May 07, 2014
Weathering Drought: International Effort to Improve Water Management
Lately, there have been a lot of clear skies in Costa Rica. Unfortunately, while vacationers are thrilled, the lack of rain is causing droughts in many parts of the country. In response to this stress, Costa Ricans have teamed up with scientists and engineers from Carnegie Mellon University, Canada, and France on project FuturAqua. The project aims to use a combination of physical and social science research to help Costa Rica better manage it’s increasingly limited water supply.
The physical science component involves improving weather and climate forecasting. CEE/EPP H. John Heinz Professor and CMU Principal Investigator Mitchell Small explains that this would allow more accurate modeling of the amount of water available in the environment. Better models would help Costa Rican government officials, water managers, and heads of local communities to make more effective decisions about how water is allocated and conserved. EPP research scientist Iris Grossmann is an integral part of the team focused on climatology.
But better forecasting is only half of the solution. “Costa Rica is an example of an ecological social system—the information people have interacts with the ecosystem in a very intimate way,” says Small. That means that improved estimates are only useful if decision-makers can access and easily understand them. To address these needs, EPP research scientist Gabrielle Wong-Parodi will help investigate what information Costa Ricans need to make informed water decisions and the best ways to present that information to them.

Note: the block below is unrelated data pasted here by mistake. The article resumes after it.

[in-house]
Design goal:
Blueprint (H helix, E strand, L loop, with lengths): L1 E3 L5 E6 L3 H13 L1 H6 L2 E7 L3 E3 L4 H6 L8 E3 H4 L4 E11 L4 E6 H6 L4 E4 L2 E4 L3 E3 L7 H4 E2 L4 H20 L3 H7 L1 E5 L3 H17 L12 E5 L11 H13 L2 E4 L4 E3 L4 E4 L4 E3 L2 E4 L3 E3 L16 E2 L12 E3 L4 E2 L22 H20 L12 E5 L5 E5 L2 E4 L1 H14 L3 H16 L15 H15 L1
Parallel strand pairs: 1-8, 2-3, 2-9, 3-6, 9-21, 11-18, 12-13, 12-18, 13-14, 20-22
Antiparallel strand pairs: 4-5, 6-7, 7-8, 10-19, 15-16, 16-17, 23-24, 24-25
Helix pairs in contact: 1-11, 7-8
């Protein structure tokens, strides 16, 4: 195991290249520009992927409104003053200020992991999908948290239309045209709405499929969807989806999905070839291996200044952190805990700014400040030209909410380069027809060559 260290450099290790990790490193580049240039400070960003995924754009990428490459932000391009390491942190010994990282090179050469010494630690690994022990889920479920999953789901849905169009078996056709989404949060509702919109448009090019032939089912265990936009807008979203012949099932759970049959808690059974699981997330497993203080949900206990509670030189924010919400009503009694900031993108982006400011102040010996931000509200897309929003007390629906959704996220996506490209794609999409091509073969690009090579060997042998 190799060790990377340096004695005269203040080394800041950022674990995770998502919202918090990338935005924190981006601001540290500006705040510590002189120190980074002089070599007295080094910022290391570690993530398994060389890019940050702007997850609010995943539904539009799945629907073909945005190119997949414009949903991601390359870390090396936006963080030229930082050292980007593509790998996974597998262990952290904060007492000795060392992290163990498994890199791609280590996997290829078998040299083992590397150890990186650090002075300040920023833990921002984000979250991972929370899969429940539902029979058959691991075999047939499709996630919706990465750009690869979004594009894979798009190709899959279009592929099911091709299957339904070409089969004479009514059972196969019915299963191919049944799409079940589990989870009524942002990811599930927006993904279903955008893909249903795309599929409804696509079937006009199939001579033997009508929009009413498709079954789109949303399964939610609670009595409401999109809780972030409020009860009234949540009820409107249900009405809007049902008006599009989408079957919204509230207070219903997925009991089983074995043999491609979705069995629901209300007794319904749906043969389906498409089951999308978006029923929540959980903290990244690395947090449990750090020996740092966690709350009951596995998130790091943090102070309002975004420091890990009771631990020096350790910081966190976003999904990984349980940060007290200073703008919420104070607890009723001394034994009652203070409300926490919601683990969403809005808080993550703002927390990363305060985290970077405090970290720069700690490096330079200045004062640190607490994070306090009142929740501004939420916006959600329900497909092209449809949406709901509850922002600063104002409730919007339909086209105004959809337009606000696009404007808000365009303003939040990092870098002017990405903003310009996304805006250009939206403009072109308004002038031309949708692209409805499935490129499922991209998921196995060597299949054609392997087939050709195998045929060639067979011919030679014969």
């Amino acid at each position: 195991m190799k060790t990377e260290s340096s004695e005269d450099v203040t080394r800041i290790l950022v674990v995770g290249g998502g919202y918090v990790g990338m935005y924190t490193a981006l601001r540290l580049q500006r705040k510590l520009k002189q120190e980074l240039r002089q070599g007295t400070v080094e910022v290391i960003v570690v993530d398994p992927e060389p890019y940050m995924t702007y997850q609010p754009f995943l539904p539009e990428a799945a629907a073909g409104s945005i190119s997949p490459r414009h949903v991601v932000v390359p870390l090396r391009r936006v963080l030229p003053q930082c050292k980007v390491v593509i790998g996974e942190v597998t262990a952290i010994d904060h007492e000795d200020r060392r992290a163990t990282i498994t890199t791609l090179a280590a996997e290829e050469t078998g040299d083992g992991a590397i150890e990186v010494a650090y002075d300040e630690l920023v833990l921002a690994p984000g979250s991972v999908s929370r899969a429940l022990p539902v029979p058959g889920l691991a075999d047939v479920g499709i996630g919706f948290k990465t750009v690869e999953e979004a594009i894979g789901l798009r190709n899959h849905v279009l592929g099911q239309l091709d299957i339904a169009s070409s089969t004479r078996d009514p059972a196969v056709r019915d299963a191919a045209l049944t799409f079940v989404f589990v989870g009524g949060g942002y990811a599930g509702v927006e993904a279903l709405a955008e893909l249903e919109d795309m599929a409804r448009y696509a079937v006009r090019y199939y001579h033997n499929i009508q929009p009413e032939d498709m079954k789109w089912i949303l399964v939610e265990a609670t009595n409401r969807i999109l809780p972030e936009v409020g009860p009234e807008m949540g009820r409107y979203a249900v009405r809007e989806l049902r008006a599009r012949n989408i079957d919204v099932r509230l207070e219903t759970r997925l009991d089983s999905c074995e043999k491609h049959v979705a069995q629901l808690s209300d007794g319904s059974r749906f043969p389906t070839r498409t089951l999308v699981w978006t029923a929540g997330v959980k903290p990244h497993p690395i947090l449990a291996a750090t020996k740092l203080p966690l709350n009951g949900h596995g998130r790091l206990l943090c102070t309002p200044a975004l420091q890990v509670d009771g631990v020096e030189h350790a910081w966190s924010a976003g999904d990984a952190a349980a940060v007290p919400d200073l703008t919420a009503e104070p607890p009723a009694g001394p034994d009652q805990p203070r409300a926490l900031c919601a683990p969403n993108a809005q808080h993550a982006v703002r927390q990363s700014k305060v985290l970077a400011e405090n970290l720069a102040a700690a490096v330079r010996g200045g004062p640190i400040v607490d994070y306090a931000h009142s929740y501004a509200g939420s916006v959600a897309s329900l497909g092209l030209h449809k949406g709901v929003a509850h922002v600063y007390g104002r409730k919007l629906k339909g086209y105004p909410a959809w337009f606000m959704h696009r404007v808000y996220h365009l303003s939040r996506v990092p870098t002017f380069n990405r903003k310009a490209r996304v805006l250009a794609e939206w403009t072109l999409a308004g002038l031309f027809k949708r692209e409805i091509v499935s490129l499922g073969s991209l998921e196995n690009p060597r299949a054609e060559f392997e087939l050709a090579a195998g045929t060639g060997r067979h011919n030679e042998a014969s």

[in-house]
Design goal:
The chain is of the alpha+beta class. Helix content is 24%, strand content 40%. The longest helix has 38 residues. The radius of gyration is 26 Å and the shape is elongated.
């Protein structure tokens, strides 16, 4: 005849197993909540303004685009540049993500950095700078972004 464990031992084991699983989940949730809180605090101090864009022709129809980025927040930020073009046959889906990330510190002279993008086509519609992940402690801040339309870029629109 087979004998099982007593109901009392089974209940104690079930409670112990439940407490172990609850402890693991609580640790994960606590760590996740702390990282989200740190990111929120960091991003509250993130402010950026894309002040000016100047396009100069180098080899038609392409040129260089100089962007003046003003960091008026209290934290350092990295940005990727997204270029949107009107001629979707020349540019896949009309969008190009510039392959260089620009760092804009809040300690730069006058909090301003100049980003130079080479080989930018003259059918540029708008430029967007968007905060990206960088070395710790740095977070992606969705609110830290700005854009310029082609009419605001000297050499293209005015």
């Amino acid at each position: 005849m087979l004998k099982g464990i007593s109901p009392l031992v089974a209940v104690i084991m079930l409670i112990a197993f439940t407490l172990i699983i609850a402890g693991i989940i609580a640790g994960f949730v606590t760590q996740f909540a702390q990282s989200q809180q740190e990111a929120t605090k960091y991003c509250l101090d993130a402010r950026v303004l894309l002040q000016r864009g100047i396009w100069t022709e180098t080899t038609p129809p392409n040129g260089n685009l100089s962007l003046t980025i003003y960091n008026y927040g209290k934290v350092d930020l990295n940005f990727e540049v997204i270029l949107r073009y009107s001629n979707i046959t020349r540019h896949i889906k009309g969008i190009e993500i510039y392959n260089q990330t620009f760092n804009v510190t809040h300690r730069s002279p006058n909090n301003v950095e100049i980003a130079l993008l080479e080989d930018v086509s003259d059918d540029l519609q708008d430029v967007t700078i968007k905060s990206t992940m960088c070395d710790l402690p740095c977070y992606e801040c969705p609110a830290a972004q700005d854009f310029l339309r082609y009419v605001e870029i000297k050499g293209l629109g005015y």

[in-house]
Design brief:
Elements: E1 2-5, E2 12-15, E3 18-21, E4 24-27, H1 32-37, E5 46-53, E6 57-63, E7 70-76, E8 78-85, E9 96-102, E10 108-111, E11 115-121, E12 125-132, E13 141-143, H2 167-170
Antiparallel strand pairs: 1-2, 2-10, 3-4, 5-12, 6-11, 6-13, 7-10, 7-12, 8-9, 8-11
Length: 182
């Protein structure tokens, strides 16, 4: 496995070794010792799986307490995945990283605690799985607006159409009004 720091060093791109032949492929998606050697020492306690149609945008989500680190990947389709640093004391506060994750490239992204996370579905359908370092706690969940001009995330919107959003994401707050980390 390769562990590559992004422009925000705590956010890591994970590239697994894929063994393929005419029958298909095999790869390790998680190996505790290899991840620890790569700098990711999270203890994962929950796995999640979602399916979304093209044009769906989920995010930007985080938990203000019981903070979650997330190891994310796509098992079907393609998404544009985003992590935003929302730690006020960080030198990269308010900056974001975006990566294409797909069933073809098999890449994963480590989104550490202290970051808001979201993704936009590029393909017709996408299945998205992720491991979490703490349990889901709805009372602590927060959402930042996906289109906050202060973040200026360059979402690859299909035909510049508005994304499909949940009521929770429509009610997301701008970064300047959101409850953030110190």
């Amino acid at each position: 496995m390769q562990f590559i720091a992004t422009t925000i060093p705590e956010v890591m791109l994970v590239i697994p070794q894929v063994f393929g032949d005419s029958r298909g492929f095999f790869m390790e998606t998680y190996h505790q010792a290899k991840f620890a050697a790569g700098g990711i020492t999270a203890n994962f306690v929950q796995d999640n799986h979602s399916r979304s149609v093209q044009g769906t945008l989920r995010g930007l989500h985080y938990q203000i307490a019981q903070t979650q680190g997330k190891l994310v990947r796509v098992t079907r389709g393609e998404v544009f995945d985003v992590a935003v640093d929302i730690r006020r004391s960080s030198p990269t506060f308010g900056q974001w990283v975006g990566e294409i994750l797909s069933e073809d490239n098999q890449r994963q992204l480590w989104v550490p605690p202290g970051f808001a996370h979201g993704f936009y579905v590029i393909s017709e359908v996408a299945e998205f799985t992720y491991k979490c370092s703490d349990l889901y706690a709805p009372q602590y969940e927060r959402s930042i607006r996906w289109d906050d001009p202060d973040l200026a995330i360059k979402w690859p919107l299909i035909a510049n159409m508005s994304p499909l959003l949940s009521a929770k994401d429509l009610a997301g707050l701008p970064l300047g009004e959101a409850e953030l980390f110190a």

This interdisciplinary collaboration will also be an international endeavor. Carnegie Mellon researchers will be working alongside experts from the University of British Columbia, the French Center for Agriculture Research for Development, and The Costa Rican Tropical Agricultural Research and Higher Education Center. The project is funded by a Belmont Forum G8 grant, with Carnegie Mellon’s support provided through the USA National Science Foundation.
With the project initiated in Fall 2013, team members met in Costa Rica this past December to begin implementing their proposal. Though FuturAqua is still in its early stages, Small is enthusiastic about its potential to positively impact scientific knowledge and Costa Ricans’ quality of life. “It’s an opportunity to address real problems and learn generalizable lessons in a country with both a highly involved citizenry and a stunningly beautiful environment,” Small says.